Stephen Hawking says that the discovery of the Higgs boson particle makes the physics field less interesting. While the legendary physicist’s peers have hailed the discovery of the so-called “god particle” as a major milestone for modern science, Hawking does not seem as thrilled. He says physics would be more exciting if the particle remained a mystery.
The Higgs boson particle was discovered in 2012, thanks to CERN’s Large Hadron Collider in Geneva, Switzerland. The finding revealed answers to a long-standing mystery in physics: Why do particles have mass at all? The seemingly fundamental question has hounded scientists for ages, but now has a solution. Researchers Francois Englert of Belgium and the United Kingdom’s Peter Higgs were recently awarded the Nobel Prize in physics for their roles in the particle’s discovery.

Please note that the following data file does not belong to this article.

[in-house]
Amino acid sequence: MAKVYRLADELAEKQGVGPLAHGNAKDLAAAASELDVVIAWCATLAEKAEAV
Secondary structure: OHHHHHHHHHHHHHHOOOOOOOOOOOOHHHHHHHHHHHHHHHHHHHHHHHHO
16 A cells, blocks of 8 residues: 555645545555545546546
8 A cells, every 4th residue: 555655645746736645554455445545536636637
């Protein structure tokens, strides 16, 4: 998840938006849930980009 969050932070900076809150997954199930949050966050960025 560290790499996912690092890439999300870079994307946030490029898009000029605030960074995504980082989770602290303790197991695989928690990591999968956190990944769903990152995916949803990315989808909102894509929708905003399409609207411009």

Stephen Hawking had doubts about the particle’s existence and he was among those physicists who remained skeptical that the Higgs boson had been detected. As Huffington Post reports, Hawking was so sure that the particle did not exist that he placed a wager with his friend, Gordon Kane. As he says, “The Nobel prize cost me $100.”
Hawking’s comments about the Higgs boson came during a presentation commemorating a new exhibit about the Large Hadron Collider at the Science Museum in London. The famous physicist says that had the mass-giving particle not been discovered, researchers would have been forced to look at more “interesting” physics questions.
One of these involves a popular theory called supersymmetry, according to The Guardian. Supersymmetry suggests that all subatomic particles have counterparts called “superpartners.” These particles could be the key to understanding the mysterious dark matter, believed to make up at least a quarter of the universe.
Stephen Hawking hopes that researchers will work on such theories, saying that “the discovery of supersymmetric partners for the known particles would revolutionize our understanding of the universe.”
[Image via Wikimedia Commons / Doug Wheller]